Davos 2022 convenes at a crucial time for Africa
The World Economic Forum’s 2022 meeting in Davos, taking place in person for the first time since 2020, has come as a welcome, and timely respite as the world seems to be lurching into yet another crisis, with the war in Ukraine showing little signs of coming to an end.
Appropriately, the theme for Davos 2022 is “Working Together, Restoring Trust”. We can only hope that the collective diplomatic skills of the organisation, honed over the decades, will encourage global political, social and business leaders to step back for a while from their own domestic concerns and take a clear and hard look at the state of the world today.
In this report we focus on the issues facing Africa as the Forum takes place.
This year’s World Economic Forum (WEF) in Davos comes at a crucial time for the world economy. Two years of economic disruption caused by the fallout of Covid-19 and the dislocation caused by the ongoing Russia-Ukraine war mean that there are many urgent topics in the in-tray of policymakers and executives.
Nowhere has this economic storm been felt more than in Africa, as our world-class reporters show in this special WEF report.
After the devastating economic effects of the pandemic, African growth recovered to 4.5% in 2021. But an IMF report released in late April projects that growth in 2022 will slow to 3.8%.
The Fund’s economists offer a sombre outlook for growth on the continent: “The new crisis (the Russia-Ukraine War) comes on top of an already-protracted pandemic, and prospects for borrowing costs and global demand are increasingly uncertain, presenting policymakers with a challenging and complicated policy outlook – one with rising needs, greater risks, and fewer options.”
Africa’s road to recovery
In the article below, we describe the painstaking road to recovery that African policymakers must tread as they tackle the tail-end of the pandemic and attempt to ramp up vaccination rates that still lag well behind other global regions.
Impact of Russia Ukraine war on Africa
In the following report, we look at how the Russia-Ukraine War is directly impacting Africa by pushing the price of staple goods to worryingly high levels, leading to fears of another global food crisis.
Wheat imports account for roughly half of Africa’s $4.5bn trade with Ukraine, and for about 90% of the continent’s $4bn trade with Russia, according to figures from the African Development Bank. An end to the war simply cannot come soon enough.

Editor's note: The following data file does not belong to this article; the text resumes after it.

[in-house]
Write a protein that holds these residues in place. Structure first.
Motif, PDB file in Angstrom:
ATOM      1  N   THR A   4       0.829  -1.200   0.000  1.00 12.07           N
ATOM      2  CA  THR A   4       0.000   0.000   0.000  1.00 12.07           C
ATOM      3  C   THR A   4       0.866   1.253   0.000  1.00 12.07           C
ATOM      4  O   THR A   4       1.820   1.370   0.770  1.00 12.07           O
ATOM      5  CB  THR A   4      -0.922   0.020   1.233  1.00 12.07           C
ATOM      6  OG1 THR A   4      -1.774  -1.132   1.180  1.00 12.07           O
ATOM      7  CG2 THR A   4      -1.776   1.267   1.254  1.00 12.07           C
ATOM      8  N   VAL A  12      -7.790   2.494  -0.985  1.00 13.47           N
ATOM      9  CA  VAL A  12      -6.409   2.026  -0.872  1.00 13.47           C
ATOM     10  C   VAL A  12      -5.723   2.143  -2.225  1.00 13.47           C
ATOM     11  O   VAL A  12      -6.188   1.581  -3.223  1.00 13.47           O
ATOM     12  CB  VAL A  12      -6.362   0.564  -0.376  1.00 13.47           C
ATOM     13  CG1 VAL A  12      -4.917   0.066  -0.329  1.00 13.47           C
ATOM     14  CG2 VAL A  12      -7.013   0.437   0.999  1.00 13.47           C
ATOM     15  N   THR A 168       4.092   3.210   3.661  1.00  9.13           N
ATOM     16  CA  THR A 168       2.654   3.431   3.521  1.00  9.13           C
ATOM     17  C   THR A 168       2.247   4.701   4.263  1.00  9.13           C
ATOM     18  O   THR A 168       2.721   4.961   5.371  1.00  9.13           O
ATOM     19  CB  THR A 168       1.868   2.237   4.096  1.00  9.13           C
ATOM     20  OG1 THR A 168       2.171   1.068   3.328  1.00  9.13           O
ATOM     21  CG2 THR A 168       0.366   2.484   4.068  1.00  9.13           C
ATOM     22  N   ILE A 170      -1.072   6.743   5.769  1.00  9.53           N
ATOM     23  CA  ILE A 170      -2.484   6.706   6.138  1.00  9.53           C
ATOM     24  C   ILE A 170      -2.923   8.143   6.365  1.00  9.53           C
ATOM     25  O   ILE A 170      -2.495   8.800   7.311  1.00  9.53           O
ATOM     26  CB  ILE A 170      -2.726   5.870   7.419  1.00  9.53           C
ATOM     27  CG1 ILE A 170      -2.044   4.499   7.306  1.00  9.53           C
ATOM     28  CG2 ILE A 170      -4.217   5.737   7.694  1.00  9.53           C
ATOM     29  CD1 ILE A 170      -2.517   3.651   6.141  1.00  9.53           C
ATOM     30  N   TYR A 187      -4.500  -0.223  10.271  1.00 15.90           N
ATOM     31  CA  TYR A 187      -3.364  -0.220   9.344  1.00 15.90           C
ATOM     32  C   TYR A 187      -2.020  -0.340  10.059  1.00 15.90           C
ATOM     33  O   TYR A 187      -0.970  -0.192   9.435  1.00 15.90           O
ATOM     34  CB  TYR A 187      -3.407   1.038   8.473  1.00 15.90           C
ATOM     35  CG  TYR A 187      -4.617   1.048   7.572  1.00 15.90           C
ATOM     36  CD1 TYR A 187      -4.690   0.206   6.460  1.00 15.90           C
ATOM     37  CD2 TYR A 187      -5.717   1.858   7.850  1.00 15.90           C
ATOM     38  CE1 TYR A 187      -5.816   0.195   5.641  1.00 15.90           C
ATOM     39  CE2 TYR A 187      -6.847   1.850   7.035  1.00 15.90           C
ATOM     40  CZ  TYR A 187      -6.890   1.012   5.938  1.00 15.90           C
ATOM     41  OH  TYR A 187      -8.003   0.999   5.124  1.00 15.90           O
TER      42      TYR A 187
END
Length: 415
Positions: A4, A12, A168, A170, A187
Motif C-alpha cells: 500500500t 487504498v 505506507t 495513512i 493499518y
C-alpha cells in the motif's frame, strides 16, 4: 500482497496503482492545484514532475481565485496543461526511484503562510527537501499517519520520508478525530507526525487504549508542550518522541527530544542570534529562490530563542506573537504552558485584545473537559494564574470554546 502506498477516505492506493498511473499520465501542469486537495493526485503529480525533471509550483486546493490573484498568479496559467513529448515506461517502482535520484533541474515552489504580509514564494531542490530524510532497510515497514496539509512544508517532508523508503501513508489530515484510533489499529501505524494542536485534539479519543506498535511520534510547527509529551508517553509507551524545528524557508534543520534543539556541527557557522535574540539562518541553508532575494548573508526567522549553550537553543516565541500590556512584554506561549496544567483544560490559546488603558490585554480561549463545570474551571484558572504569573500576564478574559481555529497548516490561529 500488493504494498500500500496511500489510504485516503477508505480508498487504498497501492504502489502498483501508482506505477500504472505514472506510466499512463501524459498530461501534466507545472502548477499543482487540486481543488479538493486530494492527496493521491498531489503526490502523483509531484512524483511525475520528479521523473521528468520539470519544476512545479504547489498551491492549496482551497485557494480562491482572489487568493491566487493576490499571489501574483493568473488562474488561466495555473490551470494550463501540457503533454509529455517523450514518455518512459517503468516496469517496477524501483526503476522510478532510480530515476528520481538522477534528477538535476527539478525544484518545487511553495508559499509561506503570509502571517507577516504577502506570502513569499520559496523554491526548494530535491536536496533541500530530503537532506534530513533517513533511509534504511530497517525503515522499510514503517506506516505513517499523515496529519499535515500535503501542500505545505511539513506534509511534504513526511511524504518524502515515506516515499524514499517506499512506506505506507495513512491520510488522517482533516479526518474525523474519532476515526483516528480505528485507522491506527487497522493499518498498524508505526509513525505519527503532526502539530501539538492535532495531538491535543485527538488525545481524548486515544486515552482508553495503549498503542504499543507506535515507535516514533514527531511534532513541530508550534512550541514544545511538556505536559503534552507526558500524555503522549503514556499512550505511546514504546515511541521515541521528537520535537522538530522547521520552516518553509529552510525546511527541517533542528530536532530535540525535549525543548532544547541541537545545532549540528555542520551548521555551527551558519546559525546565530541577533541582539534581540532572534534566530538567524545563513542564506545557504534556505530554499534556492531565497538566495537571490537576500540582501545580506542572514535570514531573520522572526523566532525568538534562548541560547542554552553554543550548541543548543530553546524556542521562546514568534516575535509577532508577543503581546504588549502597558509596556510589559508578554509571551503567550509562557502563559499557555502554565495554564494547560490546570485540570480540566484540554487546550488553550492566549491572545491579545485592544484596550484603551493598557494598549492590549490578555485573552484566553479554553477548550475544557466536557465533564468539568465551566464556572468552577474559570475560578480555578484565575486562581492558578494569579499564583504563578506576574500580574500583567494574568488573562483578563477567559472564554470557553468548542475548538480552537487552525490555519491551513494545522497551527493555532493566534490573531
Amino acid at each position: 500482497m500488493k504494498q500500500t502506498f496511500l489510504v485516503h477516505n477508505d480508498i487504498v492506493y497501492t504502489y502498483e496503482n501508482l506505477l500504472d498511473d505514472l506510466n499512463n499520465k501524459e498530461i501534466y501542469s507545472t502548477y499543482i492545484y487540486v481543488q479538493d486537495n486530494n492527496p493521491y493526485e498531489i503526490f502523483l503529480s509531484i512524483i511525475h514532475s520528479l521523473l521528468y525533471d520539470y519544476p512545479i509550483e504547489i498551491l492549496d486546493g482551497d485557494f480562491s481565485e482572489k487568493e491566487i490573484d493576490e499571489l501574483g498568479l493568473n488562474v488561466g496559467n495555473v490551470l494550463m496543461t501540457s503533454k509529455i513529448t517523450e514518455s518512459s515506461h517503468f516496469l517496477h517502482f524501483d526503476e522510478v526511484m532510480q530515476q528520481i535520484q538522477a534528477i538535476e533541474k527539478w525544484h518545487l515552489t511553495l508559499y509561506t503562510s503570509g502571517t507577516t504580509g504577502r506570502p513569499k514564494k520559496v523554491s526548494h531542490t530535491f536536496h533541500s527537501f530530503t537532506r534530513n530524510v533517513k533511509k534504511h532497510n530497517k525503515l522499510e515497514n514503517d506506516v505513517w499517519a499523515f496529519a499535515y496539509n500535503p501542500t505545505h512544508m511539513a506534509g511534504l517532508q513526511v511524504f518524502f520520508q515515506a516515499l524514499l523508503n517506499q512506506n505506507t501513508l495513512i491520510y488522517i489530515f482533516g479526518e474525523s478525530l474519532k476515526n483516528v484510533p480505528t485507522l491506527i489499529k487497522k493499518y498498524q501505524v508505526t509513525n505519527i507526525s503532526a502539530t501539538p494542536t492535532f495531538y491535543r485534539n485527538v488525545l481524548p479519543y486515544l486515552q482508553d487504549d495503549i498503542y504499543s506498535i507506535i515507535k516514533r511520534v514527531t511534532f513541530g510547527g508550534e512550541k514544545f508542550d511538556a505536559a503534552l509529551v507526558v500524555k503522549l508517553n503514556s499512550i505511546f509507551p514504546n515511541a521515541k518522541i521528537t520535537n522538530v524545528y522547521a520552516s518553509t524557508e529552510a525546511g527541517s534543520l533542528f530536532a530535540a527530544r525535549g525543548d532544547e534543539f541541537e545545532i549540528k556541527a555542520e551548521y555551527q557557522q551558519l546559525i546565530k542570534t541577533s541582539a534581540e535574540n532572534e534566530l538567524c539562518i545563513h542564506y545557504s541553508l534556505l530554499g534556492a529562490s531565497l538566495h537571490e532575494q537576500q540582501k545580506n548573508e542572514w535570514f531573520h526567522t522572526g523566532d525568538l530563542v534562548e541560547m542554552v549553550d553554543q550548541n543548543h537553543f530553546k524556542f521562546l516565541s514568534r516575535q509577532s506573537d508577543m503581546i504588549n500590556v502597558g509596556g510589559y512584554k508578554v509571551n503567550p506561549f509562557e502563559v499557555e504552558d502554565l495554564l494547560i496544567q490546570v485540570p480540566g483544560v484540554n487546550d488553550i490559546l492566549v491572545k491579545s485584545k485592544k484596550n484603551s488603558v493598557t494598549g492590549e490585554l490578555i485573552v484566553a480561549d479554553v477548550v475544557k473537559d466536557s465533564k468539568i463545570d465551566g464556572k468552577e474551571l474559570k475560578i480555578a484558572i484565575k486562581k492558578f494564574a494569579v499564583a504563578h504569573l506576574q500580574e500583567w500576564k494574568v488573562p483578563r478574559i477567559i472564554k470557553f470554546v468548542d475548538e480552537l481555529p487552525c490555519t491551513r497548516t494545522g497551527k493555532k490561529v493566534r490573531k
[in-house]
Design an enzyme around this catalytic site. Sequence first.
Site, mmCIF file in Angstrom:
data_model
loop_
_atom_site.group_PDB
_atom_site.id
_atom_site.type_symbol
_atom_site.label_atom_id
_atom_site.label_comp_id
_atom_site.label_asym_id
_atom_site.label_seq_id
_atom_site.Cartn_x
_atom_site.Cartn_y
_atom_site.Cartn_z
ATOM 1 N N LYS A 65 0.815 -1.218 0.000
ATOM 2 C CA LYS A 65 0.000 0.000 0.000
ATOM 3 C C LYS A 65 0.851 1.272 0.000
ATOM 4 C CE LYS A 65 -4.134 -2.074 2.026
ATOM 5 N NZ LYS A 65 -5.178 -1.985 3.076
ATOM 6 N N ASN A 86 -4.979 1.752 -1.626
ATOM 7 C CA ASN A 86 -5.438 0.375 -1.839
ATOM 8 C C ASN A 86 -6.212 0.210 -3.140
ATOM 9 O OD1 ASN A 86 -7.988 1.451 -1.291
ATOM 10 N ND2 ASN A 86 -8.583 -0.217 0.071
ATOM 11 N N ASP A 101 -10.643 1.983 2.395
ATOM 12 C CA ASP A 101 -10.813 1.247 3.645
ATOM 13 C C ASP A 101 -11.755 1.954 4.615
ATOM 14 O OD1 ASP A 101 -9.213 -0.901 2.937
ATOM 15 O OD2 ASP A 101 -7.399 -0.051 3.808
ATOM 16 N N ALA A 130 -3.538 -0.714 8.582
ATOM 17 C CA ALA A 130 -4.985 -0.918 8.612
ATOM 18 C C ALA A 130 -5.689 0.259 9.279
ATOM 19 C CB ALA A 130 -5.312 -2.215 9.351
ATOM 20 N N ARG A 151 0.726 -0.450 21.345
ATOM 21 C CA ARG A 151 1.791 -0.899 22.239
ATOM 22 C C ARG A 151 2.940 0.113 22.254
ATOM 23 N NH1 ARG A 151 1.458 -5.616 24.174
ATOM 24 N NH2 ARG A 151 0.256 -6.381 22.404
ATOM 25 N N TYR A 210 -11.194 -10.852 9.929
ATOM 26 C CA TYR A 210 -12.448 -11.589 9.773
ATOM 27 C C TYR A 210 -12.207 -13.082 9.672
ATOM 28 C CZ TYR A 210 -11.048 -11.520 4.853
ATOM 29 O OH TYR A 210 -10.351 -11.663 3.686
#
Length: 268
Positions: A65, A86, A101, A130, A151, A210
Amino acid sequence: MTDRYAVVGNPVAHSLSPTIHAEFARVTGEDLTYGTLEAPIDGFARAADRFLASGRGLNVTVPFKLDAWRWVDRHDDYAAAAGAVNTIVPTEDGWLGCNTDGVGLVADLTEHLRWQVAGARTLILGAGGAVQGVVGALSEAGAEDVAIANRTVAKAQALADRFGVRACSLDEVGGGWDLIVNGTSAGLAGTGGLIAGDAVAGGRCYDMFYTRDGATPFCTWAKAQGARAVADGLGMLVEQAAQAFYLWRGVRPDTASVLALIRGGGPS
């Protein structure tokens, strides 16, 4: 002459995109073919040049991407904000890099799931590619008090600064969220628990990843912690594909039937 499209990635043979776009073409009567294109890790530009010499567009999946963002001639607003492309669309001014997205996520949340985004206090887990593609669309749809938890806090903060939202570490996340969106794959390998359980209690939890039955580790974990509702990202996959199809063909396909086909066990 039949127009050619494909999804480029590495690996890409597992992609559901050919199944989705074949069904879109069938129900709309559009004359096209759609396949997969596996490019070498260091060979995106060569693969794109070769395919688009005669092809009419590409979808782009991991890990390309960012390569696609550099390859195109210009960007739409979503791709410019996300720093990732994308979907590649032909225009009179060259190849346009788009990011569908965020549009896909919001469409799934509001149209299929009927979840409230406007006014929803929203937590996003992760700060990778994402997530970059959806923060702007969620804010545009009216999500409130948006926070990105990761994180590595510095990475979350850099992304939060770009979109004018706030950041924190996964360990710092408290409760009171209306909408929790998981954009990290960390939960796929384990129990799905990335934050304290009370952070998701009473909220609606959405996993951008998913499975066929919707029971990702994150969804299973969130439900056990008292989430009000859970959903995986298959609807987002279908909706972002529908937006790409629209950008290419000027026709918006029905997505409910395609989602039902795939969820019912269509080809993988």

AfCFTA can drive Africa’s long-term recovery and growth
Comprising 55 countries with a population of 1.3bn and combined GDP of about $3.4 trillion, the African Continental Free Trade Area (AfCFTA) is the largest free trade area in the world, but although it has in theory been operational since January 2021, in practice no trade has occurred under its terms due to pandemic-related delays.
The meetings will see the launch of the Forum Friends of the Africa Continental Free Trade Area, a multi-stakeholder group that aims to support the implementation of the AfCFTA though public-private collaborations. At a time when the multilateral trading system is under severe strain, Africa must seize the opportunity to boost its recovery and development by implementing the AfCFTA, says Chido Munyati, Head of Africa at WEF.
Working together, restoring trust – a timely theme
With Africa inextricably linked to events far beyond its shores, the theme of this year’s meeting –Working Together, Restoring Trust – could not be more timely.
Africa will need to work closely with global partners to navigate the food price shock and improve Covid-19 vaccination rates. As economic headwinds worsen, African countries will also have to enter into productive discussions with creditors on debt and financing terms. Meanwhile, there will be no solution to the reality of climate change already being felt on the continent without huge financial support from the international community.
In the article below, we show how new financing mechanisms can help the continent adapt to climate change and mitigate its devastating impacts.
But while the global outlook is decidedly mixed, Africa’s interconnectedness with the world is also bringing huge opportunities.
In the following report, we describe how Covid-19 has accelerated Africa’s digital revolution, boosting globally competitive African industries like telecoms and fintech and crowding in investment from around the world. As the rising number of African unicorns – tech companies valued at $1bn or more – show, the continent is increasingly seen as a dynamic frontier of boundless potential.
With so much to discuss, the Forum will prove an excellent opportunity to track progress, make connections and seal new deals to benefit Africa’s people and businesses.